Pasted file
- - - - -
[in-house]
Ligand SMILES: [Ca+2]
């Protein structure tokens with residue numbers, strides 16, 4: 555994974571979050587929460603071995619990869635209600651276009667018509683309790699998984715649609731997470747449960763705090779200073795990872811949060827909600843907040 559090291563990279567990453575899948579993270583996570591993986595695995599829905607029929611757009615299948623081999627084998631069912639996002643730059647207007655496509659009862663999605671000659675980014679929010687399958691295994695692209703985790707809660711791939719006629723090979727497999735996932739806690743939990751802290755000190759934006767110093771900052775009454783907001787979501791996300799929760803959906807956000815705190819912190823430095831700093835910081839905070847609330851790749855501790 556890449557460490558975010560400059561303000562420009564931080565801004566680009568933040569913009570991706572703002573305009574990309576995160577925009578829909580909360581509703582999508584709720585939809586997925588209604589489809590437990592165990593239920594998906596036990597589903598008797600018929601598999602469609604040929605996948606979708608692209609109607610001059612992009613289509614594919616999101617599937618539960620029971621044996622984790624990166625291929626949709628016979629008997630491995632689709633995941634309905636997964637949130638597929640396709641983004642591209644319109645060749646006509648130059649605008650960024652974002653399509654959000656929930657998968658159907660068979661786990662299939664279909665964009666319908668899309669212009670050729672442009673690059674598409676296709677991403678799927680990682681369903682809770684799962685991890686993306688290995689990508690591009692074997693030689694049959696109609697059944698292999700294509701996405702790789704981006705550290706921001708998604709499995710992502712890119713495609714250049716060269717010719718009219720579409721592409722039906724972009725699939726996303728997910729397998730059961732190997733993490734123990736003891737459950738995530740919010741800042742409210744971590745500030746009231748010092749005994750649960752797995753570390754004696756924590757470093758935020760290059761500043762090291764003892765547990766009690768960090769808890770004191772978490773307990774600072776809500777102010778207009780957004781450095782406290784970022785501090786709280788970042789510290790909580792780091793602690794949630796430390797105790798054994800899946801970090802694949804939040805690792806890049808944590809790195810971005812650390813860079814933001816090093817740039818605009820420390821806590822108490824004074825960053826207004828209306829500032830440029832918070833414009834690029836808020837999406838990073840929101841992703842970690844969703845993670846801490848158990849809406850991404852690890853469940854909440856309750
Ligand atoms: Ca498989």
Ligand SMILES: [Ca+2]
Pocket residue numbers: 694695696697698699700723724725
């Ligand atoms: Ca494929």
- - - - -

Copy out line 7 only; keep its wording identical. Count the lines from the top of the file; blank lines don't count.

């Ligand atoms: Ca494929």